Bodega Catena Zapata, ‘La Marchigiana’, Criolla, 2018, Rivadavia, Eastern Mendoza, Argentina
Laura Catena’s foray into the natural wine movement. Fermented in Tinaja, the Argentine term for amphora, natural, no added s02. Criolla is a varietal perhaps considered inferior and glug-able, and at one point was on the brink of extinction. These vineyards are from the somewhat forgotten lands of eastern Mendoza. A lighter style of red, lively fruit with an earthy accent. Boy this is an easy drinker. Zippy with bite and a sleek finish.
It will be interesting to see what the new consumer trends are going to be as the hospitality sector gets up and running again. Maidment believes people are going to increasingly seek out wines from producers who are “focused on environmental and social awareness”.
It will be interesting to see how the Argentina Project develops. Couple that with a diversification into ‘Wines of the World’, and Gaucho’s wine offering is looking pretty strong. Moreover, Gaucho has partnered with Hatch Mansfield to install a wine on tap system that will help it meet certain sustainability goals, using keg wine to help reduce its carbon footprint, whilst not compromising on quality, delivery and service.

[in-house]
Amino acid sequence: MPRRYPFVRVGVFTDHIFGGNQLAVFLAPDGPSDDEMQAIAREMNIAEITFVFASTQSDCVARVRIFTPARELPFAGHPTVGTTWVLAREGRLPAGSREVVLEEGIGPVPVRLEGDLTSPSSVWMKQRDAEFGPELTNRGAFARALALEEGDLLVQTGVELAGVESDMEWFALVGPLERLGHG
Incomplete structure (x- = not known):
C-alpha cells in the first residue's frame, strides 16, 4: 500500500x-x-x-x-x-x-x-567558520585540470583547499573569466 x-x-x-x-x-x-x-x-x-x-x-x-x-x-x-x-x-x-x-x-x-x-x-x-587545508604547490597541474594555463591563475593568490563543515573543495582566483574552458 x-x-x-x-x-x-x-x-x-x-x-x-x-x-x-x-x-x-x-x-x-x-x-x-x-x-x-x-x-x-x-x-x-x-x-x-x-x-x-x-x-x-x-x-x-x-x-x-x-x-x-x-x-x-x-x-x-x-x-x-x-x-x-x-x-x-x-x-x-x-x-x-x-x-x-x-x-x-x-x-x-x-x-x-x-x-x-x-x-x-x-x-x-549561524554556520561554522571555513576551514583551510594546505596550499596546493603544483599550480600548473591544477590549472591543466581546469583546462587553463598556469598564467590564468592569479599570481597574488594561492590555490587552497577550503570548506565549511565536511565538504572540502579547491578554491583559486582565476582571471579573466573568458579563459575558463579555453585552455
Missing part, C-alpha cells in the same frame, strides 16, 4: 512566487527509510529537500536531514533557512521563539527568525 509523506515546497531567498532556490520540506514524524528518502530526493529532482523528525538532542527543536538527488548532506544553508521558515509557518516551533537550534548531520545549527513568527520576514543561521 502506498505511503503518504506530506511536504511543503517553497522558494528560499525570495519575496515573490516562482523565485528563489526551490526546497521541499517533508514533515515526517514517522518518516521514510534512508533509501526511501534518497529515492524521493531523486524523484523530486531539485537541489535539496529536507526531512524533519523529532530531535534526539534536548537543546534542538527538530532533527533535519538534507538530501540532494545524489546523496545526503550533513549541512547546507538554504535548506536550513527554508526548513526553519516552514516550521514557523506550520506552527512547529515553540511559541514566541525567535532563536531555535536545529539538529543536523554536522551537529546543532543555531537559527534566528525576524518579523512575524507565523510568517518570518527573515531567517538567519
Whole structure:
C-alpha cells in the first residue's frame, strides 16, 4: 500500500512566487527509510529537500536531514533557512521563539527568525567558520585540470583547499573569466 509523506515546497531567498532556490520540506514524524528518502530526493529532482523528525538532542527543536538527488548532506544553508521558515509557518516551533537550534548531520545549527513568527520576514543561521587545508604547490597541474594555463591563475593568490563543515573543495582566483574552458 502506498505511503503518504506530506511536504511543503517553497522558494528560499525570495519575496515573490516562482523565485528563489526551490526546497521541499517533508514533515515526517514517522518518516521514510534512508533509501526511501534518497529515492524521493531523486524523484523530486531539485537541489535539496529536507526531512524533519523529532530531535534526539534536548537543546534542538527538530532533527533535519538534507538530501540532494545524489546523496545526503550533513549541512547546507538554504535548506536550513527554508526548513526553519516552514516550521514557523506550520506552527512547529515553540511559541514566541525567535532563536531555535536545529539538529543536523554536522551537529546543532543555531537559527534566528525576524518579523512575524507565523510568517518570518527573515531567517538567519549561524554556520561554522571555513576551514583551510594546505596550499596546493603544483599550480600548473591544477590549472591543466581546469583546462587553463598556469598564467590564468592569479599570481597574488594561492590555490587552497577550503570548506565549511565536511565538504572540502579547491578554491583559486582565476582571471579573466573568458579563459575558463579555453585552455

I wish Martin, Andrew and the entire team at Gaucho the very best as they look to bounce back with a bang.
- During lockdown Harry Crowther harry has been assisting restaurant groups with their wine training through short video tutorials of wines on their wine list. He is up to date with potential future trends of the consumer, post lockdown and the potential wins there are for those who bounce back successfully, be it through wine list curation and psychology through to even more crucial wine training leading to premiumisation.
- If you would like to get in touch with him you can at firstname.lastname@example.org and go to his consultancy website – Grapetimes – and his bespoke wine training business aimed at helping bar staff understand more about wine at graintogrape.